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And in Egypt, a panel of Islamist lawmakers has approved a new draft constitution, but what should have been a welcome step in the country's transition to democracy is instead mired in controversy. NPR's Leila Fadel has our story from Cairo.
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LEILA FADEL, BYLINE: In an interview on Egypt's state TV last night, President Mohammed Morsi appeared calm as he tried to paint a set of controversial decrees he issued as a drastic stand to keep Egypt's transition to democracy on track.
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FADEL: When the constitution is done, the decrees will be void, he says, and the balance of power restored.
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FADEL: That's not what it looks like to Morsi's many opponents. They know that the drafting committee is dominated by the Muslim Brotherhood, the organization from which Morsi hails. And even before the president's latest move, he'd already lost about a quarter of the constitution writers. Liberals, secularists, leftists and representatives of the church pulled out, worried about the outsized voice Islamists carried in the process.
MOHAMMED ELBARADEI: (Through translator) I'm saddened to see this come out while Egypt is so divided.
FADEL: That's Nobel laureate Mohammed ElBaradei, speaking to a local TV channel. He's one of the figures leading the charge against Morsi, and he predicted that this constitution is destined for the trashcan of history. The opposition to rushing through the constitution is much bigger than the mass protests on the street. Almost every judge in the country is on strike against Morsi's decrees, which they see as an attempt to undermine the judicial system.
TAREK MASOUD: I think it's very clear at this stage that he's gone too far. Remember, when people were protesting against Hosni Mubarak in January of 2011, one of their main grievances against this man was that he seemed to have absolute power.
FADEL: That's Tarek Masoud, a longtime scholar of the Brotherhood who teaches at Harvard's John F. Kennedy School of Government. He refers to the former president, Hosni Mubarak. Morsi's most strident critics have already dubbed the president, Morsellini, comparing him to the Italian fascist. But Morsi's allies say the fears of a new dictatorship are overblown.
Their argument is that the president is so concerned about Egypt's long-term stability, that he's willing to take tough stands that could cost him votes. Gehad el-Haddad - an advisor to the Muslim Brotherhood and its political wing - says that the president's opponents have purposely been dragging their feet to undermine progress. Indeed, the courts which are stacked with Mubarak appointees did appear poised this week to dissolve the constitution-writing committee for a second time, which would've take the transition process back to square one.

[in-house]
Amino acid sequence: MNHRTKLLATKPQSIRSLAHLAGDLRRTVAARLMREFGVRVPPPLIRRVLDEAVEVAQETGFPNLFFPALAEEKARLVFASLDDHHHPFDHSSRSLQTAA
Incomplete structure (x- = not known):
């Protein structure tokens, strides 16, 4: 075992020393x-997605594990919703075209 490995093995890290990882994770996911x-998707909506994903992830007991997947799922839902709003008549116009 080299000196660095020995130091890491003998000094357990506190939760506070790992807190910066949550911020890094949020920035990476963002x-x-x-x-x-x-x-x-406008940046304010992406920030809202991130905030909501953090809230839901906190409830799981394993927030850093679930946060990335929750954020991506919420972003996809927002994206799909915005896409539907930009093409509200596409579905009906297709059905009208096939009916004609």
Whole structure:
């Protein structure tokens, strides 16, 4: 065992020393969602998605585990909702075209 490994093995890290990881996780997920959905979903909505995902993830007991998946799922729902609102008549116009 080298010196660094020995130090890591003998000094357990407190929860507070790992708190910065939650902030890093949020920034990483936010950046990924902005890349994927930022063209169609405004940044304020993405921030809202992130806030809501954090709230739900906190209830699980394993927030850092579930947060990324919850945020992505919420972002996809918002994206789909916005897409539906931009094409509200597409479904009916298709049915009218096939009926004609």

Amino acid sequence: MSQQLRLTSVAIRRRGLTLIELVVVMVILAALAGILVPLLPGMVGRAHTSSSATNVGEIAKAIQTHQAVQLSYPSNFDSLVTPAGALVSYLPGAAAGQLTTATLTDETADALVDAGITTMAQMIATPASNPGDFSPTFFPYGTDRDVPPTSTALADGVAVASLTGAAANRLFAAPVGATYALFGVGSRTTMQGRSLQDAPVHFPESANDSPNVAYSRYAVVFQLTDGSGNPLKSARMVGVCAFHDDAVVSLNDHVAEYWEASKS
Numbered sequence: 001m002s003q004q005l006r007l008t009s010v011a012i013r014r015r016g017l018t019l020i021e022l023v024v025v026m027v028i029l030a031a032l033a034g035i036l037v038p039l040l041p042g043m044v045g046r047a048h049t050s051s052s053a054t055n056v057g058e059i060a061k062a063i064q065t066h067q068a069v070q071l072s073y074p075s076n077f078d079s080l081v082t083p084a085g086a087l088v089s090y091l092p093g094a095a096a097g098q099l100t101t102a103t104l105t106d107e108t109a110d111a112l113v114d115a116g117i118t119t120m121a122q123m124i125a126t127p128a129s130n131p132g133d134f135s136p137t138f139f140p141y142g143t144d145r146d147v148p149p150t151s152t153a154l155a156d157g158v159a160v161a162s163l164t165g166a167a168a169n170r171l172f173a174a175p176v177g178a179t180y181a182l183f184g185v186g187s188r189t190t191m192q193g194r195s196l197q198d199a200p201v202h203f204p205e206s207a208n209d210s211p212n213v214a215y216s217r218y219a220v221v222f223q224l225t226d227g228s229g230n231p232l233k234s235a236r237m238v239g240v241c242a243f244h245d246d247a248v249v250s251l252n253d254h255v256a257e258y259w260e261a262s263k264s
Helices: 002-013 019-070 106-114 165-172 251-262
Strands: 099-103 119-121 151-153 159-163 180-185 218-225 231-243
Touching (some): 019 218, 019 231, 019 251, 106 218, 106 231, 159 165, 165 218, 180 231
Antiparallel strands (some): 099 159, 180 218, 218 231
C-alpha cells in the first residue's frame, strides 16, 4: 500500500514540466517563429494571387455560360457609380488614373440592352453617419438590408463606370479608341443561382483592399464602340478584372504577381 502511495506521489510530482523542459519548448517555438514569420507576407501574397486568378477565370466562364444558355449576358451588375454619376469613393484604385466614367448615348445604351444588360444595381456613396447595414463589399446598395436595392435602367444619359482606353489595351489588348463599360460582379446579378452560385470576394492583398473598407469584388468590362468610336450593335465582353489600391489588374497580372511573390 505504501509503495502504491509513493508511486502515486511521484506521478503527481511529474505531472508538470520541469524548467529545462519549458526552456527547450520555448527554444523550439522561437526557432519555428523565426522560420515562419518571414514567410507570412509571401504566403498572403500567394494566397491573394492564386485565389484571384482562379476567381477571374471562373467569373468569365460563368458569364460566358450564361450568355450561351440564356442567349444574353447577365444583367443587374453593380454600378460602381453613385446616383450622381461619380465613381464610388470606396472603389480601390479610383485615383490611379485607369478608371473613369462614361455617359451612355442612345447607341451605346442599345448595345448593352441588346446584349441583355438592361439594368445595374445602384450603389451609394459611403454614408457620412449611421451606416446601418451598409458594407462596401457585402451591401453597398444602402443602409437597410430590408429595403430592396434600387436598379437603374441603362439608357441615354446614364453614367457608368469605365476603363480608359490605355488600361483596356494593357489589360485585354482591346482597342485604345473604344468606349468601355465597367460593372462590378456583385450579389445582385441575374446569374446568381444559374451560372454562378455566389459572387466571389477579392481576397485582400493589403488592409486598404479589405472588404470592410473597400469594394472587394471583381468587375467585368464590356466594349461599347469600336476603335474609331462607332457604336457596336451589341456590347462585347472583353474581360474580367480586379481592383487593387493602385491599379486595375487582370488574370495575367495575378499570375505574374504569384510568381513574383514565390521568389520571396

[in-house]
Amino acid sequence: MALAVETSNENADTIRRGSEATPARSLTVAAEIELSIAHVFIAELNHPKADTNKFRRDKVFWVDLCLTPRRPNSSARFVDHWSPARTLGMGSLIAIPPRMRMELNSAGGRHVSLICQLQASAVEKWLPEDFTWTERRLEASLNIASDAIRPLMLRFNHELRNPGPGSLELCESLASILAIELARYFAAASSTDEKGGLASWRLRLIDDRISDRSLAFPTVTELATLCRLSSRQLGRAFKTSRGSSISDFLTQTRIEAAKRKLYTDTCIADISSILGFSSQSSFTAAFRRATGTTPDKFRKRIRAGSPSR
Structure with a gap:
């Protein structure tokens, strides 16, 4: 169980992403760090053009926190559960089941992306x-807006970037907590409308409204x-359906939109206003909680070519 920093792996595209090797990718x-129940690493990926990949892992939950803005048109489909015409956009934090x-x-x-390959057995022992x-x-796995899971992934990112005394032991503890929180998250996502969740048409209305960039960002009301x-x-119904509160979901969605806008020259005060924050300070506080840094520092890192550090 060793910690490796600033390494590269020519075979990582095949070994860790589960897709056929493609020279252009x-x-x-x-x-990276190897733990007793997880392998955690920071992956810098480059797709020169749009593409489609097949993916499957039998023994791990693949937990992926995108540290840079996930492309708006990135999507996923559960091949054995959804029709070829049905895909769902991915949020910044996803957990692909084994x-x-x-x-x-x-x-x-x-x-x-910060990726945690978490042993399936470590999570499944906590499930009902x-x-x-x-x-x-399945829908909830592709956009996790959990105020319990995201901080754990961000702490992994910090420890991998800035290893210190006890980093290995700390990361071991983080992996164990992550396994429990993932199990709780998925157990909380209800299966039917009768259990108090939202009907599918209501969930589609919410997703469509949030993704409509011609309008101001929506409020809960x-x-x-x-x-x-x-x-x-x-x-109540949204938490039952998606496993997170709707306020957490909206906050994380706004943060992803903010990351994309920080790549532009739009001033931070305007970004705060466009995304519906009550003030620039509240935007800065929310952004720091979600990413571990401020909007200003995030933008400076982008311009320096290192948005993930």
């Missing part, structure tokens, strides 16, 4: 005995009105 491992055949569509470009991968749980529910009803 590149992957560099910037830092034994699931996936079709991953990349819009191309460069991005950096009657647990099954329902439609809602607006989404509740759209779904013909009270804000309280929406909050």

GEHAD EL-HADDAD: Perhaps a couple of weeks ago or even a couple of months ago, we had the level of agreement and good relations to tolerate a lot of such childish behaviors from some opposition figures. We no longer have this luxury, and we need to go forward.
FADEL: Critics says it's not just that the president is rushing through an imperfect document, but one that could be dangerous. For instance, the draft constitution has preserved broad powers for the president, although it does stipulate four-year term limits. There is still little civilian oversight of the military. And perhaps the most controversial part is the slightly expanded role and influence of Islam, which gives clerics a consulting role on legislation.
But for all the hope of change, observers say the document is quite similar to the 1971 constitution it's expected to replace. Zaid al Ali, a constitution expert who has studied the draft.
ZAID AL ALI: It'll come as a disappointment to radical Islamists who wanted to reshape society in an Islamic way - Salafis, amongst others. And it will also come as disappointment to hardcore revolutionaries who also wanted to - or were hoping to reshape society along different lines, of course.
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FADEL: Constitution writers voted on articles for nearly 24 hours before adopting the document this morning. Many ordinary Egyptians who aren't threatening to burn the constitution in Tahrir Square will likely welcome the move. They're more interested in getting past an almost two-year transition marked by a dismal economy and lack of security.
But observers say Morsi's hopes that the constitution will solve the political crisis are unlikely. In fact, it may just deepen divisions. Leila Fadel, NPR News, Cairo. Transcript provided by NPR, Copyright NPR.